On A Lighter Note
Even the most socially relevant pop songs can lose their potency as the important issues of the day fade away into the mists of time. For example, back in 1953, Sir Edmund Hillary and Sherpa mountaineer Tenzing Norgay became the first people to reach the summit of Mount Everest creating a media sensation. Everything associated with this adventure became famous, even the Himalayan yaks used as pack animals on the journey. In fact, many people thought if these beasts of burden could help men scale the world’s tallest mountain, then surely it wouldn’t be too burdensome for the beasts to help with everyday domestic tasks.
So soon every fashionable person had hired a yak to help with household chores. Unfortunately, people got nothing but flak from their yaks, and it was a constant battle with the cattle to do the simplest jobs without hearing demands for more money and free time. It seems that fame had made the yaks more party animals than workhorses. By 1958, the R&B group the Coasters decided that this pressing social problem needed to be addressed in song, so they recorded “Yakety Yak”, the poignant story of the downfall of an argumentative yak named “Yakety” . The opening stanza is included below:
Take out the papers and the trash
Or you don’t get no spendin’ cash
If you don’t scrub that kitchen floor
You ain’t gonna rock and roll no more
Yakety yak (don’t talk back)
So you can see that what appears to be silly nonsense to the modern listener was actually a keen social commentary on the times. Next week, we’ll detail how the rock band Chicago chronicled the devastating global clock shortage of 1969 with their top 10 hit “Does Anybody Really Know What Time It Is?”
Executive Wealth Management (EWM) is a Registered Investment Advisor with the Securities and Exchange Commission. Reference to registration does not imply any particular level of qualification or skill. Investment Advisor Representatives of Executive Wealth Management, LLC offer Investment Advice and Financial Planning Services to customers located within the United States. Brokerage products and services offered through Private Client Services Member FINRA/SIPC. Private Client Services and Executive Wealth Management are unaffiliated entities. EWM does not offer tax or legal advice. Please do not transmit orders or instructions regarding your accounts by email. For your protection, EWM does not accept nor act on such instructions. Please speak directly with your representative if you need to give instructions related to your account. If there have been any changes to your personal or financial situation, please contact your Private Wealth Advisor.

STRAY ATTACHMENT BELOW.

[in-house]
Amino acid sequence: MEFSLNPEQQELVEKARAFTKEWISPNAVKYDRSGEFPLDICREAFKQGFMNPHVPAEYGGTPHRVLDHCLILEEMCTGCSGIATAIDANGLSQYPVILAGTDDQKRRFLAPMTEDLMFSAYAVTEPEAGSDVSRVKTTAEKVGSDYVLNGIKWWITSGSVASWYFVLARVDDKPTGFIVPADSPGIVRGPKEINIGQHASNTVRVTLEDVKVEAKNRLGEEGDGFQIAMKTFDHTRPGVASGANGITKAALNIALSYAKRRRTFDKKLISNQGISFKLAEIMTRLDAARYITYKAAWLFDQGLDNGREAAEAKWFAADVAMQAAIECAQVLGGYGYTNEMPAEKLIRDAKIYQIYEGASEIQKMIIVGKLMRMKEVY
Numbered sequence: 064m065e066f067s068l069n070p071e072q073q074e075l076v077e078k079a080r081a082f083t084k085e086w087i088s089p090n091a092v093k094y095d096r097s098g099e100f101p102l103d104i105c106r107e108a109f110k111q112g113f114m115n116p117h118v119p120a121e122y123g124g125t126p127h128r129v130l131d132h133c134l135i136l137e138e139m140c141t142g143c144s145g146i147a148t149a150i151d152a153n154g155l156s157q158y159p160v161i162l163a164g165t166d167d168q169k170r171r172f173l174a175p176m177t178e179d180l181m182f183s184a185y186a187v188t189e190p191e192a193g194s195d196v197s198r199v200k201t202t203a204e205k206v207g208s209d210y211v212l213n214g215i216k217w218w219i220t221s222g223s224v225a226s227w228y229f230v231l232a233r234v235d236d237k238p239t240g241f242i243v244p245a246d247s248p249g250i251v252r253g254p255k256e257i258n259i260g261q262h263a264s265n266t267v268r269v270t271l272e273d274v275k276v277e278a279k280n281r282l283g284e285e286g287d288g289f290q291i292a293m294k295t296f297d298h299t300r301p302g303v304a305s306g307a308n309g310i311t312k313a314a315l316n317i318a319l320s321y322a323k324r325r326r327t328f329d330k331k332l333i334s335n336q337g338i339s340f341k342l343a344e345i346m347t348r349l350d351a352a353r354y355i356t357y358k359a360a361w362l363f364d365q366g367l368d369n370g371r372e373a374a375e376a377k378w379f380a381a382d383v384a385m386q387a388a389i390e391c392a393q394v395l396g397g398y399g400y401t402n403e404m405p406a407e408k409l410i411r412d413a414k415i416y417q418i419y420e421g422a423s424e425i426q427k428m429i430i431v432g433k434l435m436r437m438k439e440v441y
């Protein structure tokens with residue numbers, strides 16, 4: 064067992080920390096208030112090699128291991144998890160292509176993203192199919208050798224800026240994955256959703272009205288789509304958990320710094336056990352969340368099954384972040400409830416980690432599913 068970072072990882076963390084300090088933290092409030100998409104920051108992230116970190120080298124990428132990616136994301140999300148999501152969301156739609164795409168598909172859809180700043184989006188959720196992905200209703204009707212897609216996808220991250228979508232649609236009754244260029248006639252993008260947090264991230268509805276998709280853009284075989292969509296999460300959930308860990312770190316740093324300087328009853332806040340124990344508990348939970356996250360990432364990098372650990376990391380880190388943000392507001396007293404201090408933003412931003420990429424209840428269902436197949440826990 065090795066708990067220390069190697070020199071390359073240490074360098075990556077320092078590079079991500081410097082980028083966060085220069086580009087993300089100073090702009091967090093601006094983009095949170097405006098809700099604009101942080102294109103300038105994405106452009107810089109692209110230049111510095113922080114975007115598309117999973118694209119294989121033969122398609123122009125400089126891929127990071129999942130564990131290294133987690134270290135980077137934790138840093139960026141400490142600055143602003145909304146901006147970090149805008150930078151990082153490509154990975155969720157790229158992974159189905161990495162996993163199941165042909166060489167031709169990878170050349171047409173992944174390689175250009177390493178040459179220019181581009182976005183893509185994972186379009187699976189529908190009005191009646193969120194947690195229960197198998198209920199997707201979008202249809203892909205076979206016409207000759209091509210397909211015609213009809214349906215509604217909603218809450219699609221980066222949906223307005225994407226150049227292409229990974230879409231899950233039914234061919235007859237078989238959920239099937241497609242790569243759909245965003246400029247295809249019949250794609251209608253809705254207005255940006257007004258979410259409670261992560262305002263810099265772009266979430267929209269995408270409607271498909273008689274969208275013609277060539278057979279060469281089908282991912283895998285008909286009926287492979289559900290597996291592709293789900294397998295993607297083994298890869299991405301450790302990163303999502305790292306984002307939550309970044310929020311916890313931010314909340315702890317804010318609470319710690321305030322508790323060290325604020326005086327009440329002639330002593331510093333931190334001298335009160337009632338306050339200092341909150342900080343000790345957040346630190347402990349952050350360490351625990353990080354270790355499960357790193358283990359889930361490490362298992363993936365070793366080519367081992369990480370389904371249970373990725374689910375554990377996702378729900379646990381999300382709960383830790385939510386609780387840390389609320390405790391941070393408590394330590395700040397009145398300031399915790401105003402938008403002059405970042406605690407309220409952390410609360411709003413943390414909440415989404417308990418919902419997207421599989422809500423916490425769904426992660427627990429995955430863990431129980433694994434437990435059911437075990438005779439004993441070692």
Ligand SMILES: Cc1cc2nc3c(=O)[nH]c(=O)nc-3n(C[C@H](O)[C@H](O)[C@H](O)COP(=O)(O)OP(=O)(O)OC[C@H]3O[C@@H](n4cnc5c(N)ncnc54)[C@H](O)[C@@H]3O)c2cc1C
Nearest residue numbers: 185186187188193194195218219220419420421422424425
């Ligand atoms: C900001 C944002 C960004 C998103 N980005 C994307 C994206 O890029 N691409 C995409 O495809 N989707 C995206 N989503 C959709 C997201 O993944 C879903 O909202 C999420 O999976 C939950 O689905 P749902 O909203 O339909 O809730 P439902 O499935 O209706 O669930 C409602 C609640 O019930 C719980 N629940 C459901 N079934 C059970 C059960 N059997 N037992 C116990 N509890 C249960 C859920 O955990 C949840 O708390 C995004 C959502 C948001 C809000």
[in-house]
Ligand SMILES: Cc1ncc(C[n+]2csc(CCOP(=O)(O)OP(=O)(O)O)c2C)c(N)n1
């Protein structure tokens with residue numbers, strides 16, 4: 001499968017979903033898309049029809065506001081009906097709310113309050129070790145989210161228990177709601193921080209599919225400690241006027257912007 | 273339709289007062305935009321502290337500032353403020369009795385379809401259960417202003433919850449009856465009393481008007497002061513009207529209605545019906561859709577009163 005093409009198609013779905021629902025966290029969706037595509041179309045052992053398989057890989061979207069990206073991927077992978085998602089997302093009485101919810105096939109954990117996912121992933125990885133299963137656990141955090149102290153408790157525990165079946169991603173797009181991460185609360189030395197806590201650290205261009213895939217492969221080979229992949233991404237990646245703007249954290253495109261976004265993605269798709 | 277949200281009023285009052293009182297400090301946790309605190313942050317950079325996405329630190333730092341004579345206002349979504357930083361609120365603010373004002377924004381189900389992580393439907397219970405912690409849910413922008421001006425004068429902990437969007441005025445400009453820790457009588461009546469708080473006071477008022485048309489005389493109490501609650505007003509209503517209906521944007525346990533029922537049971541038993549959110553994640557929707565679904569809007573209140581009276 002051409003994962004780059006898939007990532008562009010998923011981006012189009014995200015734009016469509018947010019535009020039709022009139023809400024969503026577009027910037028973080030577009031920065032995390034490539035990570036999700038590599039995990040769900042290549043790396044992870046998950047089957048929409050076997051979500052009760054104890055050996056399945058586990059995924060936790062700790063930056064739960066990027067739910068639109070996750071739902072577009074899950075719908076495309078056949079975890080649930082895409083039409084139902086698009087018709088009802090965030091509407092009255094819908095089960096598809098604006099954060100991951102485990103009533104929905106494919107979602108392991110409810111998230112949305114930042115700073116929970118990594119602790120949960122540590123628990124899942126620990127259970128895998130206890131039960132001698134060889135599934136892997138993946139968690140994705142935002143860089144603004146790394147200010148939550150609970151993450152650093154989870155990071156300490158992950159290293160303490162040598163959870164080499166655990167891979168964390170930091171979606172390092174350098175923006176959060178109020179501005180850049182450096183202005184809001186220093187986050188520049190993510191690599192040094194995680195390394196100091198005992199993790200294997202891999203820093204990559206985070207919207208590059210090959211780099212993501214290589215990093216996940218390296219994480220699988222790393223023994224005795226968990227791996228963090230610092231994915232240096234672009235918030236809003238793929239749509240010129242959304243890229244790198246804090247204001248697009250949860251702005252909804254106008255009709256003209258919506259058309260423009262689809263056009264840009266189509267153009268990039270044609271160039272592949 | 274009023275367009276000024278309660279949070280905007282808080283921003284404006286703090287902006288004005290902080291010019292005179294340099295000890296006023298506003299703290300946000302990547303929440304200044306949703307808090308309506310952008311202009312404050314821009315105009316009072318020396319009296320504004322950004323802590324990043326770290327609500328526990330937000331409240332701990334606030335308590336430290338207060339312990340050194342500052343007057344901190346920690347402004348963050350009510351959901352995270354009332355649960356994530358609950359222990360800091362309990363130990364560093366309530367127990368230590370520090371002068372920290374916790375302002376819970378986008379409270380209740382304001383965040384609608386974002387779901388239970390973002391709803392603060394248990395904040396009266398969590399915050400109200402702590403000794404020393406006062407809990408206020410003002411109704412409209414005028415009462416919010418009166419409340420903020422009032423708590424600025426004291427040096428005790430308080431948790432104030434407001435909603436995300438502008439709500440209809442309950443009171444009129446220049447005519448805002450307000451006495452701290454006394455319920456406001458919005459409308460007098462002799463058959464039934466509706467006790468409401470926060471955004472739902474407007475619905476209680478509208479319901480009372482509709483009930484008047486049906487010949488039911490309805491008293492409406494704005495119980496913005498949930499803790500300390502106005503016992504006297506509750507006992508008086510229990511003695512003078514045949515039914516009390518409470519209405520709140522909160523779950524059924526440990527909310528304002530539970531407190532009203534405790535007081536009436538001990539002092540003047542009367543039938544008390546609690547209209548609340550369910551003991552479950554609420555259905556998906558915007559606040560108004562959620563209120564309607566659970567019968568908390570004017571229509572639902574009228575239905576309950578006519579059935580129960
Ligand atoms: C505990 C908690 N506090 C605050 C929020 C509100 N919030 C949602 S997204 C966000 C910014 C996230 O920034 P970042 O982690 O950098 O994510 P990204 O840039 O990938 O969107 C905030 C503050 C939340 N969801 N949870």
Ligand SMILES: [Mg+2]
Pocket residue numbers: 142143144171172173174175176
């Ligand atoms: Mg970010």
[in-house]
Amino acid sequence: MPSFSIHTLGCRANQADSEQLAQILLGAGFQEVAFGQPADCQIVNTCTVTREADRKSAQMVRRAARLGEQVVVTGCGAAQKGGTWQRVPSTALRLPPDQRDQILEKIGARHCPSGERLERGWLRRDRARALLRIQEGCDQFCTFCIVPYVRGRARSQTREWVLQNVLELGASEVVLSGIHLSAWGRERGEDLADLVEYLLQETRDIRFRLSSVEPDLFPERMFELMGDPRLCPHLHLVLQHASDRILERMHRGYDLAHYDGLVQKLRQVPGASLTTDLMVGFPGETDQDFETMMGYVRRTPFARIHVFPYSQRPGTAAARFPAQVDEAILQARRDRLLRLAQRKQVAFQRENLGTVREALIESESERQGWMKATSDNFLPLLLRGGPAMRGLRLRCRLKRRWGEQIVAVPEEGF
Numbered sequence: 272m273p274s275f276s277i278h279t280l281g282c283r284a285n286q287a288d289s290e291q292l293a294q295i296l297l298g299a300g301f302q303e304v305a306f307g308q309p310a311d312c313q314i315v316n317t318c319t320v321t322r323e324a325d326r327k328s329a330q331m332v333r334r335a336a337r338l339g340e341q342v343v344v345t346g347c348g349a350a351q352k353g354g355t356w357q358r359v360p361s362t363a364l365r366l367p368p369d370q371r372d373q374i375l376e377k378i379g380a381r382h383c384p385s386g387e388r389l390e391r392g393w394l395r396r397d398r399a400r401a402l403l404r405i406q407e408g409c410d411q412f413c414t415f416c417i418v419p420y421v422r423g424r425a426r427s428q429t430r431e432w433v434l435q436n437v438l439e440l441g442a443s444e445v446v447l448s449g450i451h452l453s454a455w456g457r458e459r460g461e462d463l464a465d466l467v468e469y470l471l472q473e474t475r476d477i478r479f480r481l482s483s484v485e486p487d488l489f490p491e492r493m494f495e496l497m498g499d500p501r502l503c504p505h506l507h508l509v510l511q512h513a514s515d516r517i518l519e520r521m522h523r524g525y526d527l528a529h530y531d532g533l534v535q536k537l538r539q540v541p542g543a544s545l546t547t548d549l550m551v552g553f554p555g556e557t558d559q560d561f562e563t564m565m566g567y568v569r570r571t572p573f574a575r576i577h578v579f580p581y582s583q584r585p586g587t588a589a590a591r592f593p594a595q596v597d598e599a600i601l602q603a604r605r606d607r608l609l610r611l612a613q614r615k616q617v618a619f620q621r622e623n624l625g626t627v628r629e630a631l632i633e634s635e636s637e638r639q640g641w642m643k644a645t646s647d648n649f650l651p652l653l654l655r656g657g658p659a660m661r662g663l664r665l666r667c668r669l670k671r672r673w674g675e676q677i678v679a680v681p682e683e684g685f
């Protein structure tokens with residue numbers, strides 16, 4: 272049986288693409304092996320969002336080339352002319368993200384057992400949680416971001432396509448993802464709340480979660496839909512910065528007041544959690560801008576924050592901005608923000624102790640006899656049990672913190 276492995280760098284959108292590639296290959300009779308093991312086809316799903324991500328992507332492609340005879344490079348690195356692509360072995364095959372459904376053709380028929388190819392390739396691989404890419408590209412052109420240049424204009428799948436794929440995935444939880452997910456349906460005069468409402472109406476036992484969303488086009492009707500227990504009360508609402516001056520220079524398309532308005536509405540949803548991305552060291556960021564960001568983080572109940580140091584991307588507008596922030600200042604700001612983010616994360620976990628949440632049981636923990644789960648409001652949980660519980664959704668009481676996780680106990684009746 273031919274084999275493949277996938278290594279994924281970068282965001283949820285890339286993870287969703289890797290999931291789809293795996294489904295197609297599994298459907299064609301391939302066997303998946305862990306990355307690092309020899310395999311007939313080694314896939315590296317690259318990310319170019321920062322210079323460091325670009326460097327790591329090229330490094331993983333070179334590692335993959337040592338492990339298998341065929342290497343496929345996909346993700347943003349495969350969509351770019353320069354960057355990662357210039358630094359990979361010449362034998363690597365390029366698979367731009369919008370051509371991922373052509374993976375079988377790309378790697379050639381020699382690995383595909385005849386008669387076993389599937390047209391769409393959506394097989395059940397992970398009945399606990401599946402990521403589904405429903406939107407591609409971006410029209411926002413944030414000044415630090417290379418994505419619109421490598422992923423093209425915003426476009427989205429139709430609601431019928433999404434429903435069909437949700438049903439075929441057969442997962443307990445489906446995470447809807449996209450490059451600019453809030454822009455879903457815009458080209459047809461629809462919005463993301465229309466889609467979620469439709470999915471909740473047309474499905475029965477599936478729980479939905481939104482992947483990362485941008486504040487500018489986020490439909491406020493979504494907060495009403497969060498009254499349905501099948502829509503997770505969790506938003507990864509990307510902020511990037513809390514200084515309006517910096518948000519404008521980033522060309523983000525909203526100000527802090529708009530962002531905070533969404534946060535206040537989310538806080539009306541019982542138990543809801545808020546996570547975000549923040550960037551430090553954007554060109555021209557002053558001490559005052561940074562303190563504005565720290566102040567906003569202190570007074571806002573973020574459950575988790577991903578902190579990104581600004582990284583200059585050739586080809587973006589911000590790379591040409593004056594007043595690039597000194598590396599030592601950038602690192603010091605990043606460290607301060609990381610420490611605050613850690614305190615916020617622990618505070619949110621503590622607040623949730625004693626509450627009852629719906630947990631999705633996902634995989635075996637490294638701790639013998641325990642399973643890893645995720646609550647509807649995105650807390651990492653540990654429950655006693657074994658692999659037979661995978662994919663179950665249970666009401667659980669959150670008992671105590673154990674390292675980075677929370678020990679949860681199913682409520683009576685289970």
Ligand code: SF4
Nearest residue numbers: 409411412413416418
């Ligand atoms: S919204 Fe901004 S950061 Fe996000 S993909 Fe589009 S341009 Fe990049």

Returns are calculated as indicated below with reinvested dividends not considered except for the Barclays U.S. Aggregate Bond Index. Data source for returns is FactSet Research Systems Inc. The London Gold PM Fix Price is used to calculate returns for gold.
1 Week = closing price on May 21, 2021 to closing price on May 28, 2021
1 Month = closing price on April 28, 2021 to closing price on May 28, 2021
3 Month = closing price on February 26, 2021 to closing price on May 28, 2021
YTD = closing price on December 31, 2020 to closing price on May 28, 2021All information and opinions expressed in this document were obtained from sources believed to be reliable and in good faith, but no representation or warranty, express or implied, is made as to its accuracy or completeness. All information and opinions as well as any prices indicated are current only as of the date of this report, and are subject to change without notice. Material provided is for information purposes only and should not be used or construed as an offer to sell, or solicitation of an offer to buy nor recommend any security. Any commentaries, articles of other opinions herein are intended to be general in nature and for current interest. Some of the material may be supplied by companies not affiliated with EWM and is not guaranteed for accuracy, timeliness, completeness or usefulness and EWM is not liable or responsible for any content advertising products or services.